How does one fully appreciate genius? I don’t know about you, but I have a hard time because I never feel like I’ve seen enough football intelligence.

Whether it’s Tom Brady or Peyton Manning navigating through puny defenses on prime-time television or J.J. Watt tearing through supposed blocking schemes that are geared to stop him, I feel like I’m missing out on something tasty every second that I’m not watching. I also feel this way about Calvin Johnson, the Detroit Lions’ star wide receiver.

In case you missed it on Saturday night, Johnson broke Jerry Rice’s longtime — 17 years to be exact — record for receiving yards in a season. Rice set the record in 1995 when he amassed a then-unfathomable 1,848 yards in 16 weeks of play. With 225 yards against the Atlanta Falcons, Johnson brought his record breaking total to 1,892 yards and he has a game in hand.

For a second of nostalgia, my first exposure to the Lions’ receiver was when he was at Georgia Tech. He had a rather hopeless quarterback throwing to him and his head coach was Chan Gailey — who is now probably the least popular guy in the pipeline connecting Buffalo and Toronto.  Johnson wore No. 21, which was rather odd but typical of studly college players, and he made tons of circus catches that were simply unfair to his competition. His diving reception at midfield against the Miami Hurricanes, a favorite team of mine, in 2005 was simply ridiculous. The touchdown that has always stood out to me the most, however, was his double move against, I think, Georgia near the end of his collegiate career. He baited the cornerback into what I recall to be a curl route before he exploded up the field again and caught a wide open touchdown.

It was then and only then when I thought he was the best draft prospect I’d ever seen, which I still believe to be true today.

Coming out of school and in the 2007 draft, Johnson was coveted by almost everyone. He was noted for his humble demeanor, a rarity at the wide receiver position and not common with athletes in general, and the loads of talent he possessed. In a New York Times story dated in 2007, aptly titled “Johnson Has No Baggage and a Seat In First Class,” Judy Battista sat down with Johnson, who softly stated that he was just “riding the wave”. He also received some accolades from notable NFL evaluators.

[Gil] Brandt compares Johnson physically with Terrell Owens, before adding quickly that Johnson does not drop passes. Tampa Bay Coach Jon Gruden, who is thought to covet Johnson (the Buccaneers pick fourth), joked at the recent N.F.L. meetings that he tried to find something Johnson could not do. Gruden patted his head and rubbed his stomach at the same time, wondering if Johnson could do that. Raiders Coach Lane Kiffin said that Johnson “seems perfect.”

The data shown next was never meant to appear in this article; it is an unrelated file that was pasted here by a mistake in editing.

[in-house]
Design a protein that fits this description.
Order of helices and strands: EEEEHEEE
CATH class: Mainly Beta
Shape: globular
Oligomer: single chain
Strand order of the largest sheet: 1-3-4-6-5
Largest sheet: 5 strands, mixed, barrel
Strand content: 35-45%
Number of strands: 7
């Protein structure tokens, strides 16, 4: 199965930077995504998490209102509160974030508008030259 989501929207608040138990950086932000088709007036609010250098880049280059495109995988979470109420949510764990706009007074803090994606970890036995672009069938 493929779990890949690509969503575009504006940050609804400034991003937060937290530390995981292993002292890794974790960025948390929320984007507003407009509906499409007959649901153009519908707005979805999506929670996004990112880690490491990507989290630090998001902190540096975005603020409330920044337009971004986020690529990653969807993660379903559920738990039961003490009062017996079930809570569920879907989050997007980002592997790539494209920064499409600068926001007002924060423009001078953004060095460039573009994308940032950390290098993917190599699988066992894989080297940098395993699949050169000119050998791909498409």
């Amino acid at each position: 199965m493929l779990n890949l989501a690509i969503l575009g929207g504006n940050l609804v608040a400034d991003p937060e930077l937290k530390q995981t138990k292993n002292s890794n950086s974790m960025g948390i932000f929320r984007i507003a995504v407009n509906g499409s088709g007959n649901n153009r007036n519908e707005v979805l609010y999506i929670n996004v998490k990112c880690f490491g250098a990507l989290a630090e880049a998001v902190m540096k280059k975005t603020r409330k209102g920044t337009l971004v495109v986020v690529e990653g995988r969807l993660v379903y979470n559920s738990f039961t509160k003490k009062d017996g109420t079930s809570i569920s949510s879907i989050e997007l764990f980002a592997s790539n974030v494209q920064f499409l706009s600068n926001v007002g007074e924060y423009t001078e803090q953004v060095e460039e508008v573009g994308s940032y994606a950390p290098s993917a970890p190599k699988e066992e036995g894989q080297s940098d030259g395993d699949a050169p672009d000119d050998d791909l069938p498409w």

Bruce Arians, the Pittsburgh Steelers’ offensive coordinator, said: “In my 15 years, he is probably the best-looking prospect at his position that I have seen. His numbers are astronomical, but his play is even better. This guy is special.”

Whereas an alarming number of athletes at Johnson’s position have failed, giving it a higher failure rate than that of the quarterback position, he has shined as bright as the sun in what has largely been the gloomiest of situations with his team.

Since coming into the league in 2007, he has caught nearly 500 receptions and collected over 7,700 yards, which averages out to an impressive 80 receptions and nearly 1,300 yards yearly. What’s perhaps most impressive about the totals and averages is that it could be argued Johnson hasn’t yet reached the level of dominance he’s capable of because of his quarterback situations. In years past, he’s had an aging Jon Kitna, a woeful Dan Orlovsky, a solid backup in Shaun Hill and a not-so-solid passer in Daunte Culpepper throwing him the ball. And then there’s Matthew Stafford this year, who has more talent than any of the above but hasn’t been in his finest form this season.

On a 26-yard reception against the Falcons on Saturday night, both were in form Jerry Rice’s long-standing record came crashing down.

Initially lined up at his usual wide alignment, Johnson cut down his split and stood next to the slot receiver. He was going to be running a shallow crossing route underneath the near defensive back and behind the middle linebacker. The rest of the receivers were going to mainly serve as clearouts, with the exception of the slot at the top of the screen, who would be running a dig route.

At the snap, Johnson released into his route after the slot receiver released into his. Johnson went underneath the defensive back, who trailed him in what appeared to be Cover 4 (Quarters) coverage, and then worked his way behind the middle linebacker. Once he cleared the middle linebacker, he was wide open for Matthew Stafford to throw him the ball for an easy catch and 26-yard gain past the first down marker.

After the game, the great Jerry Rice stated:

“It’s going to go down (tonight). This guy’s just amazing,” Rice said. “You never want your record to be broken, but if anyone’s going to do it, I prefer Megatron to do it.”

Johnson was once compared to Terrell Owens by personnel men, but he’s much more talented than Owens and now has multiple records to show it, placing him in the same breath as Rice. However, there’s still one game to be played, and if Johnson records 108 receiving yards, he’ll break 2,000 yards on the season.

That’s one record that won’t draw any comparisons.